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By Daniel Sivan

Ugaritic, came upon in 1929, is a North-West Semitic language, documented on clay drugs (about 1250 texts) and dated from the interval among the 14th and the twelfth centuries B.C.E. The records are of assorted varieties: literary, administrative, lexicological. quite a few Ugaritic capsules include parts of a poetic cycle relating the Ugaritic pantheon. one other half, the executive records make clear the association of Ugarit, hence contributing drastically to our figuring out of the background and tradition of the biblical and North-West Semitic global. this significant reference paintings, a revised and translated version of the author's Hebrew booklet (Beer Sheva, 1993), offers with the phonology, morphology and syntax of Ugaritic. The ebook comprises additionally an appendix with textual content choices.

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Extra resources for A Grammar of the Ugaritic Language (Handbook of Oriental Studies Handbuch der Orientalistik)

Sample text

14 I,38; cf. " Expanding Words by Addition of h The consonant h serves to expand short words (a phenomenon known from Biblical Hebrew, Aramaic and Phoenician; cf. Smith 1994:235, n. 29). 4 III,2 1,22; cf. q [Gen. 48,4; cf. TO 11, p. 14 I,9 and elsewhere); &t [ ? 14 III,47) "dream, vision" alongside the expanded variant dhrt [ ? 235,l; the base for this form may be bi-consonantal, cf. 'p [IIsa. 15:1] and l g "town" in the Meshac Inscription, line 11 (cf. Huehnergard 1987:286 n. 86). 15,8). Perhaps this is not an interchange of h/' but rather a loss of the consonantal h, while the vowel is preserved so that the aleph is simply prosthetic (cf.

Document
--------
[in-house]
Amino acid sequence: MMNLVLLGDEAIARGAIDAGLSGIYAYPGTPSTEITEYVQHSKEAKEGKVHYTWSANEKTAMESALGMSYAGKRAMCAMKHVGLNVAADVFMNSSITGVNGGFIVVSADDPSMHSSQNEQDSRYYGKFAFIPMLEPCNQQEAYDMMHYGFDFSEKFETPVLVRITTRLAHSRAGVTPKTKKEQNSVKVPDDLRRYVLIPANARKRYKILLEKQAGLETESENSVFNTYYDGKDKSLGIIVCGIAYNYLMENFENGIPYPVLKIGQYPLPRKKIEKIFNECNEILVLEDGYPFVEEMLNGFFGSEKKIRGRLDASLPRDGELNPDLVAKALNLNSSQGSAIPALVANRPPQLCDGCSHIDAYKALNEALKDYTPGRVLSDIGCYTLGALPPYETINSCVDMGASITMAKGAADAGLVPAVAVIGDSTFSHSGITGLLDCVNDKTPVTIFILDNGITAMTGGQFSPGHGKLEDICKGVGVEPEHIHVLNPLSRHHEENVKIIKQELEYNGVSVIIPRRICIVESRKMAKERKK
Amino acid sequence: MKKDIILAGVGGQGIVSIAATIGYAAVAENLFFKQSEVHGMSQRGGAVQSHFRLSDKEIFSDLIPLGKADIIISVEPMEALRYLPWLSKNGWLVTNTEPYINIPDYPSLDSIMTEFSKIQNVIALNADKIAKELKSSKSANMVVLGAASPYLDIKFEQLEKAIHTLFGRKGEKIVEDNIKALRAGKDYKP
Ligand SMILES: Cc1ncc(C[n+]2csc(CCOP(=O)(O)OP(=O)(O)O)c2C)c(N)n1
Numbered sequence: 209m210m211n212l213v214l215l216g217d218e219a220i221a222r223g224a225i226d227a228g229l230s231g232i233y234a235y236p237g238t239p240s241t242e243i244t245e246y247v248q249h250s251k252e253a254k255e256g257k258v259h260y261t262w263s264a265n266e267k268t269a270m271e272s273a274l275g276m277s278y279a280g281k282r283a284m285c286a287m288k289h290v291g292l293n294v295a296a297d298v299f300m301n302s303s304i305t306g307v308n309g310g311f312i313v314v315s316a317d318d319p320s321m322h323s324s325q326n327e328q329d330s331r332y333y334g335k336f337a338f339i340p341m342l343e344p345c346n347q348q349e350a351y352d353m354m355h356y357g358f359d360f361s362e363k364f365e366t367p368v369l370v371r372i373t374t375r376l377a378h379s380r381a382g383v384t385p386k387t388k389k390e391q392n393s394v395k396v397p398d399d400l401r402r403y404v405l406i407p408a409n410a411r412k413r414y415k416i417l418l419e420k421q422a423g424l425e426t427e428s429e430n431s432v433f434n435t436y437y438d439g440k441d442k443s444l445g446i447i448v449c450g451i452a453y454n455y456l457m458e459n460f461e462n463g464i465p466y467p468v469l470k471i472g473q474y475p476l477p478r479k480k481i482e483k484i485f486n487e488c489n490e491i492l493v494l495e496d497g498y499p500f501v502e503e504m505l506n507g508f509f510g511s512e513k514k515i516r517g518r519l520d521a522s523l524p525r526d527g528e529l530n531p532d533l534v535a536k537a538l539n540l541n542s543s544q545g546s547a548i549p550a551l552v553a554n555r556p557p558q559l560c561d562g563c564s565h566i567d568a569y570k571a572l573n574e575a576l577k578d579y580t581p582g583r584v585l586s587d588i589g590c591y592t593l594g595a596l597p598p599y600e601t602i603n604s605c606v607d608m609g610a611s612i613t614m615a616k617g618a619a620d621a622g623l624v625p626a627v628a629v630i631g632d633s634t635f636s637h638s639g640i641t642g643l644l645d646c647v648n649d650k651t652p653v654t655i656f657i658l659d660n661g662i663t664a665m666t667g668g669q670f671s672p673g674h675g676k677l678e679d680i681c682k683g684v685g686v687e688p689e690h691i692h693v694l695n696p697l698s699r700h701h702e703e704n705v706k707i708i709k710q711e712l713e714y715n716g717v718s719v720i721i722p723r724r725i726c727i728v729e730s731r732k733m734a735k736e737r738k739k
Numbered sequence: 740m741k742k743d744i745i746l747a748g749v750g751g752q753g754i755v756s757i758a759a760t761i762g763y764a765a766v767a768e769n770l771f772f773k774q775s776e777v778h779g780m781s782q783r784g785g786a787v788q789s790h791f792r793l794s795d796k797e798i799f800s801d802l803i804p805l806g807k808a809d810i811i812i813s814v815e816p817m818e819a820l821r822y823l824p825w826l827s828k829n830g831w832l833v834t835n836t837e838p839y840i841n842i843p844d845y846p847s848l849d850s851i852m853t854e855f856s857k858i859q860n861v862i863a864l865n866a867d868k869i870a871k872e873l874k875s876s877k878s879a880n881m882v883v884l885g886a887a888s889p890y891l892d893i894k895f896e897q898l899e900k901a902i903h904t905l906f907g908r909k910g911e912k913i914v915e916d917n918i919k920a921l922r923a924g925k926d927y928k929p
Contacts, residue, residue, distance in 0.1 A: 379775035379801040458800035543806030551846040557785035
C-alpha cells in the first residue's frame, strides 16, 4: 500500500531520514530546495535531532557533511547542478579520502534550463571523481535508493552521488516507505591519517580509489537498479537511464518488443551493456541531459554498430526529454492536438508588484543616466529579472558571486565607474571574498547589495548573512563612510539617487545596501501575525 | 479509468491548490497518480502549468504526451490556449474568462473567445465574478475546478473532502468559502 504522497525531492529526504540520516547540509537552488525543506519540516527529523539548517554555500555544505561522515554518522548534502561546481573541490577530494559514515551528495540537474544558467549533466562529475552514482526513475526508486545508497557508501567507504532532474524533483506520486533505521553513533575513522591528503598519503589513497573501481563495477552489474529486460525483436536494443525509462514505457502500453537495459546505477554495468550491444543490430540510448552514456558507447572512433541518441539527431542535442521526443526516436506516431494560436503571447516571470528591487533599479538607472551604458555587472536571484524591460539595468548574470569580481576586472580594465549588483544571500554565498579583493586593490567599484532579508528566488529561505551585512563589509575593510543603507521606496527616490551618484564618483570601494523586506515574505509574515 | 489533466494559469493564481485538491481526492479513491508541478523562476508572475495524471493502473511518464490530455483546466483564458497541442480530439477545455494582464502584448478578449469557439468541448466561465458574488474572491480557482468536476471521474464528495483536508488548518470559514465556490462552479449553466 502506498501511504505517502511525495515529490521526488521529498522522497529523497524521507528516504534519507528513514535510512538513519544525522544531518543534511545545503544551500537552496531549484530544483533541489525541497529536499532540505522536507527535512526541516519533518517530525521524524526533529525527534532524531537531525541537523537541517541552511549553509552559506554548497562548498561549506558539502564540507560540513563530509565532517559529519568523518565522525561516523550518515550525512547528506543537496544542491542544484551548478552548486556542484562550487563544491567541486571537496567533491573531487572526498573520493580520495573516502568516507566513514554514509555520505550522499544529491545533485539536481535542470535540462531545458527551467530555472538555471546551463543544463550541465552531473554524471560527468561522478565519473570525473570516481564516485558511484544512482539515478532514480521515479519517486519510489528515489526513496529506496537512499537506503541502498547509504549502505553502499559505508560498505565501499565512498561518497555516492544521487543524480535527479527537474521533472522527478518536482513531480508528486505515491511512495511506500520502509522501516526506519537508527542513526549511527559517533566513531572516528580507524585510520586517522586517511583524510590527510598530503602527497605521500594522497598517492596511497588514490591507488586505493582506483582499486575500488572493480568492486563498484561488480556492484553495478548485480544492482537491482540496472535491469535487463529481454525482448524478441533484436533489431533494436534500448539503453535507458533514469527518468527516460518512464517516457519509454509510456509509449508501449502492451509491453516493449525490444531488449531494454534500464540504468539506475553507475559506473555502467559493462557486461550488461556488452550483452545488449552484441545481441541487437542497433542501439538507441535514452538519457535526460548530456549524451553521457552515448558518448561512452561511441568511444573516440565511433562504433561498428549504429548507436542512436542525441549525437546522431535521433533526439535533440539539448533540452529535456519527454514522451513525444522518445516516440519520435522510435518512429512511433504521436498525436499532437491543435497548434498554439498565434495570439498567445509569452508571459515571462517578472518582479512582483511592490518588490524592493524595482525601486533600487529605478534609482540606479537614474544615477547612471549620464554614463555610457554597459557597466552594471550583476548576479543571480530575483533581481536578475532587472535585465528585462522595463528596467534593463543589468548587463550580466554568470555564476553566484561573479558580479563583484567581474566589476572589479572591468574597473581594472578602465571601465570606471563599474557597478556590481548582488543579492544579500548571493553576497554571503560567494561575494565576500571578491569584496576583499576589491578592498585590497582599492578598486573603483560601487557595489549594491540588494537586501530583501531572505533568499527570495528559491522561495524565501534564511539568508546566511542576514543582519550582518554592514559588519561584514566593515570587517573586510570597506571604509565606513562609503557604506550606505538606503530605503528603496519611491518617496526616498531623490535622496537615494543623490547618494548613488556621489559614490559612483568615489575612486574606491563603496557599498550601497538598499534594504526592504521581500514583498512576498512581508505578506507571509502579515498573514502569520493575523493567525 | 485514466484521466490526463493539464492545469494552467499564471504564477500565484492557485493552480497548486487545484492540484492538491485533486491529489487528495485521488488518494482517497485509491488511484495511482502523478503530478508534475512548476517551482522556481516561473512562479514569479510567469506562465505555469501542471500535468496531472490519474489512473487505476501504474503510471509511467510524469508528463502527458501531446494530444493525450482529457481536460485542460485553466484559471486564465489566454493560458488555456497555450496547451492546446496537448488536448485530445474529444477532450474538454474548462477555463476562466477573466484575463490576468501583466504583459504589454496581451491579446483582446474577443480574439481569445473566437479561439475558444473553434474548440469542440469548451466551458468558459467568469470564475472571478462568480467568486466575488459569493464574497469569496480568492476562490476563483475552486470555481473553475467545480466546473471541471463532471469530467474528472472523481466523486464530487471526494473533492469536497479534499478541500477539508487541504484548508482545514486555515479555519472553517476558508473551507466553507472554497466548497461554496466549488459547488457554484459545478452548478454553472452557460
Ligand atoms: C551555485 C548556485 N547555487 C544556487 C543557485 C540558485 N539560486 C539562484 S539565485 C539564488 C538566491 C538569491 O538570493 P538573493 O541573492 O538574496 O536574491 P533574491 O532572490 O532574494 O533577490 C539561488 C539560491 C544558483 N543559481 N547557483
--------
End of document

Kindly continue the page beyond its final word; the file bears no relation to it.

These spellings point to the fact that in spoken late Ugaritic the transition from g to t was already completed (see Loewenstamm 1980:370). e. the spelling with g-sign could be an archaism (cf. Blau l968b:524 and l97Ob:43; Freilich and Pardee 1984:25-36). g. 4 V, 19,34). These variants may indicate a different dialect from the normative speech of Ugarit or they might be the result of foreign influence (perhaps Hurrian; cf. Dietrich, Loretz and Sanmartin 1975b:103-108). Otherwise, the sign g might just represent t as a PHONOLOGY 25 result of hyper correction, since, as we have seen above, in at least one dialect the c was shifted to t (in the form htr).

In fact, we would have expected Pphy [yz$pah&u] (cf. Verreet 1984:310-312 and 1988:21). Besides the normal spelling 'ad& "my lady" (cf. 83,5). This latter form may simply be ['adantiya] (< 'adiint&a), but there is also the possibility that there was a feminine suffix -atu protecting the nun, that is 'adanat&a (cf. Bordreuil and Caquot 1980:361; cf. also inJ;ra, p. 62). Assimilation of b ? 10 I,4). e. [kakkabiima] (< kabkabiima; cf. 158,14]). But the other form may actually represent the shift of b > w (cf.

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